SHORT PAPER #3 DUE: Analyze the party system in your country.

Oct 6  Political Science Week.  More info to come.

Oct 13  Candidates and Leaders

Discuss: How are candidates chosen?  Discuss: Primaries and caucuses in the US.  Case Studies: United States, Europe, China, and Malaysia.

Reading: Ware, Ch. 9.

DIS GROUP MEETING THIS WEEK.    Reading: John Nichols, "The Beat Bush Brigades," The Nation, April 8, 2004.  Online at  Review the websites of Move On ( ), ACT (, Citizens for a Sound Economy ( and Swiftboat Veterans for Truth ( .  Discuss: The changing balance between parties and non-party actors in elections in the United States.  Consider: Do the groups above violate the letter or the spirit of campaign finance reform legislation?

Oct 20  Campaigning

Video: War Room.

Discuss: Parties or candidates, who wins elections in the United States?

Reading:  Ware, Ch. 10.   Look over US presidential candidate websites at,, or   Where’s the party?

SHORT PAPER #4 DUE: Analyze the nature of competition in your country.

Oct 27  Campaigning

Discuss: Effects of Campaign Rules and the Roles of the Media and the Internet. Case Studies: United States, Europe, Indonesia.  Be prepared to discuss party websites in your country.  If there are too few or if they are in a language other than English, be prepared to discuss party websites in another country.  View US presidential election ads at C-span or candidate websites.

Reading:  Pippa Norris, “Preaching to the Converted: Pluralism, Participation, and Party Websites, Party Politics, 9, 1, January 2003, 21-45 (RESERVE).  Recommended: David M. Farrell and Paul Webb, “Political Parties as Campaign Organizations,” Russell J. Dalton and Martin P. Wattenberg, eds. Parties without Partisans: Political Change in Advanced Industrial Democracies, Oxford: Oxford University Press, 2000, 102-128 (RESERVE).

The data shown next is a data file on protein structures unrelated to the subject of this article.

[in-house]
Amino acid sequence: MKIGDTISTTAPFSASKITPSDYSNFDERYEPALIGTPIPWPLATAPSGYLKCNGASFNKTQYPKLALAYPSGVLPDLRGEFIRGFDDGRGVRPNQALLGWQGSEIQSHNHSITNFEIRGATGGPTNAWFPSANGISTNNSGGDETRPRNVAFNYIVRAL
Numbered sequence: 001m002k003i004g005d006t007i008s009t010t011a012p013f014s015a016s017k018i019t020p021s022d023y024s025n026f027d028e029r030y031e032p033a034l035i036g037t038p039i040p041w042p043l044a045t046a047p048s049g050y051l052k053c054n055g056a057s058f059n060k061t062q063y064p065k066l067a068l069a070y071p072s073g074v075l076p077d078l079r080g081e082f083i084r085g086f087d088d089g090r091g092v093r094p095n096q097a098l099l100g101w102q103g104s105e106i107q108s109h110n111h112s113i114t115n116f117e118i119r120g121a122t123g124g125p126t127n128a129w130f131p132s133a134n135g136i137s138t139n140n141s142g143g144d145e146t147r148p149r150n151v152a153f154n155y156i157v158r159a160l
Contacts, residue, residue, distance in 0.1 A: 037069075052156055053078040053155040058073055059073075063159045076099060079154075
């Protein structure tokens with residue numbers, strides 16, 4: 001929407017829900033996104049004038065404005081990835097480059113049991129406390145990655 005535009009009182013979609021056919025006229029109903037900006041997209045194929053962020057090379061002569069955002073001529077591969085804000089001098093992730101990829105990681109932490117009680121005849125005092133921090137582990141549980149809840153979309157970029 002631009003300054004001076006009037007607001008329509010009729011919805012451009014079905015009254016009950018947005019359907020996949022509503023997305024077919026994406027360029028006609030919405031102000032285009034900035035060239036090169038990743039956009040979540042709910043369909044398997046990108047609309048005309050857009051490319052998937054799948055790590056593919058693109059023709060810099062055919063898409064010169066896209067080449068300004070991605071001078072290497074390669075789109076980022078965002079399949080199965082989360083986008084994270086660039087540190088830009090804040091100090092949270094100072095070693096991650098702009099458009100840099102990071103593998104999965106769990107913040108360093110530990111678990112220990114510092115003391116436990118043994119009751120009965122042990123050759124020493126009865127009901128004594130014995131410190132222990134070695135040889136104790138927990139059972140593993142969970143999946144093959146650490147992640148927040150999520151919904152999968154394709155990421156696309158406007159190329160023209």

Nov 2 Election today.  Have you voted? (No class today. This is just a gentle civic reminder!)

Nov 3  Elections

Lecture: Counting Votes.  Discuss: The sliding scale of free and fair.  Cases: United Kingdom, Israel, Singapore, and Indonesia.


Reading: Giovanni Sartori, “The Party Effects of Electoral Systems,” Larry Diamond and Richard Gunther, eds. Political Parties and Democracy, Baltimore: Johns Hopkins University Press, 2001, 90-105 (RESERVE).  Jorgen Elklit and Palle Svensson, "What Makes Elections Free and Fair?" Larry Diamond and Mark F. Plattner, eds. The Global Divergence of Democracies, Baltimore: Johns Hopkins University Press, 2001, 200-214 (RESERVE).

DIS GROUP MEETING THIS WEEK.  Pan-European political party groupings.  Discuss: Can parties operate at the European Union level?  Reading: TBA.

Nov 10  Government Formation

Lecture: Government Formation in Presidential and Parliamentary Systems.  Discuss: Multiparty presidential regimes. And, do party programs (platforms) matter?  Case Studies: Bolivia, US.

Reading: Ware, Ch. 11.  Scott Mainwaring, "Presidentialism, Multipartism, and Democracy," Comparative Political Studies, 26, 2, July 1993, 198-227 (RESERVE).  Look over the Democratic or Republican (as you wish) platform for 2004.

US PARTIES PAPER DUE: Analyze the role of parties in the 2004 US elections.

Nov 17  Parties in Government and Party Prospects

Discuss: Pay-offs and Government Duration.  Case Study: Europe.  Lecture and Discussion: The Future of Political Parties.  Is Democracy in Good Health?

Reading: Ware, Ch. 12.  Kaare Strom, “Parties at the Core of Government,” Russell J. Dalton and Martin P. Wattenberg, eds. Parties without Partisans: Political Change in Advanced Industrial Democracies, Oxford: Oxford University Press, 2000, 180-207 (RESERVE).

Nov 23  No class.  FINAL PAPER DUE by 3:30pm.

Nov 24 Class Cancelled: Thanksgiving Holiday.  Enjoy!

DIS GROUP MEETING.   International party/election assistance.  Reading: Review the websites of IFES, IRI, and NDI to learn more about what these organizations are doing in democracy promotion and party development assistance. Whose interest do these organizations serve?


You did it!!!

Have a happy holiday!!!